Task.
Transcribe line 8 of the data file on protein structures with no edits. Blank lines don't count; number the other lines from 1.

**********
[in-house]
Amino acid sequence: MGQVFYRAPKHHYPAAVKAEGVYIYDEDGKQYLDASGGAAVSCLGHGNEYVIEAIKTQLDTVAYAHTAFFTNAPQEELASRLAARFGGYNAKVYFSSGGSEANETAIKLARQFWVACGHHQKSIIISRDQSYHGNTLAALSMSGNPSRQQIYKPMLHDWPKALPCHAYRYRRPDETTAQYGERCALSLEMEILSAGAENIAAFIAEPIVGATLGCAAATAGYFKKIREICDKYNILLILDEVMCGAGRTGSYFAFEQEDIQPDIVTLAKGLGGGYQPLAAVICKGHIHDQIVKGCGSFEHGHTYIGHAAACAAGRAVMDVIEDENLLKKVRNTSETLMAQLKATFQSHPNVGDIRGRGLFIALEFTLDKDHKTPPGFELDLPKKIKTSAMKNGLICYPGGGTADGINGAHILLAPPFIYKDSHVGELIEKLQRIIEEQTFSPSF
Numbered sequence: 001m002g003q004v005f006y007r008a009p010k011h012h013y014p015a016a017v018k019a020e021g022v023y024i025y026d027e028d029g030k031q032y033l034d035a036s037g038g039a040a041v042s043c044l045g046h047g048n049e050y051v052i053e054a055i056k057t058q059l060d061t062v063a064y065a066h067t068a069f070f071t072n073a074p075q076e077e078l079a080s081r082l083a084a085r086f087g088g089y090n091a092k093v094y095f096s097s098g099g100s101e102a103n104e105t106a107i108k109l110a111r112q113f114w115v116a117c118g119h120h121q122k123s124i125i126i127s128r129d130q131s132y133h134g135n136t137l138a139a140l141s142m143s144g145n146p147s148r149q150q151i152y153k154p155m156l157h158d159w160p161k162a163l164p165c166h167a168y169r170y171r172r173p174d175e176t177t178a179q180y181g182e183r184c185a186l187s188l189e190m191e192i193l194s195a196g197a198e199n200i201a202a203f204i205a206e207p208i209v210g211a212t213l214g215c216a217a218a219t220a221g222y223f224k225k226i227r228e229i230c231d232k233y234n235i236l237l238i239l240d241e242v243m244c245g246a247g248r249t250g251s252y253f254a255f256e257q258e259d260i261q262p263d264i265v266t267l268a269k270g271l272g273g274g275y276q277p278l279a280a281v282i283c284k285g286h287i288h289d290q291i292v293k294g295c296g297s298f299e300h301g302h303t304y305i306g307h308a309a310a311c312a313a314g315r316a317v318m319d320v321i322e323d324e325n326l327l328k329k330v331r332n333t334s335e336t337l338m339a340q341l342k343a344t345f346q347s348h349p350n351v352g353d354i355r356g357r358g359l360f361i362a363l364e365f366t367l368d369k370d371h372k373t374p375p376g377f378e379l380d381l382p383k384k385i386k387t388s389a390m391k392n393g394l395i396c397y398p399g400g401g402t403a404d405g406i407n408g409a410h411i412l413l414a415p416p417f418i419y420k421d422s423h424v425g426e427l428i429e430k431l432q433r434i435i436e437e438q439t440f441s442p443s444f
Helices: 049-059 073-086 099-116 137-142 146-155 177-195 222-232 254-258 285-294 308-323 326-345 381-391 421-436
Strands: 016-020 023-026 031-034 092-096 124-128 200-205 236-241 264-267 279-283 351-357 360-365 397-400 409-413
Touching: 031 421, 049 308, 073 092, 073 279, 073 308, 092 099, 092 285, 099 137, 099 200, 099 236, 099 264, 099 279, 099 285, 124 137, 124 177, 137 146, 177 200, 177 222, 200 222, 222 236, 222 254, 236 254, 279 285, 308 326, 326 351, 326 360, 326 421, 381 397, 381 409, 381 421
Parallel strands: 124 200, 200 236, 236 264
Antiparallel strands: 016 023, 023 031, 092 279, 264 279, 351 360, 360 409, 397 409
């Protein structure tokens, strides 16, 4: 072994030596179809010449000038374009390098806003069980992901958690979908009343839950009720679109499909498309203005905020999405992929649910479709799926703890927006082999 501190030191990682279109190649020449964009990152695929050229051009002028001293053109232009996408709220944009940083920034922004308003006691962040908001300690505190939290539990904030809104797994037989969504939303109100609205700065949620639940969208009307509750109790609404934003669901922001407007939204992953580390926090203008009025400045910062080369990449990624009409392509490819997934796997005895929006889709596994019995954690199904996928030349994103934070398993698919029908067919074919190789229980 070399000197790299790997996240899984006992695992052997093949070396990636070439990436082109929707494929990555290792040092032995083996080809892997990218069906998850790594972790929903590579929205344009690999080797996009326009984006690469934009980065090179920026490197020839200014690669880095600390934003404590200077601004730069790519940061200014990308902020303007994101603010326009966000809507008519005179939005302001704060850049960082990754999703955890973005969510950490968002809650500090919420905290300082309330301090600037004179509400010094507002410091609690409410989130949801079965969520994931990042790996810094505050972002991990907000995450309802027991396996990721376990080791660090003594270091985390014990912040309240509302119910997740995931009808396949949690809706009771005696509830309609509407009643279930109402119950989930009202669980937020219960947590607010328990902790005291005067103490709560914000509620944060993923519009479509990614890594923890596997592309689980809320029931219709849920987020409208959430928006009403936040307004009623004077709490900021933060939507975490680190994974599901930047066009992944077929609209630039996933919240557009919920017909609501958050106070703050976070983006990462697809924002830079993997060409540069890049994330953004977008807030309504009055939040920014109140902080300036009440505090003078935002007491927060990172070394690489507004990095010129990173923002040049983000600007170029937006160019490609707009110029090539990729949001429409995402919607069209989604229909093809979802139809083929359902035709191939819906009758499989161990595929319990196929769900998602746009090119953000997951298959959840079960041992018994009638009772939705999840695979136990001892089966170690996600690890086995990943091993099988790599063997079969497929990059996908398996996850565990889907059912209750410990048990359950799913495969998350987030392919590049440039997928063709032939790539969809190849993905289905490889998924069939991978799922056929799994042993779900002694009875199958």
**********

Antiparallel strands: 016 023, 023 031, 092 279, 264 279, 351 360, 360 409, 397 409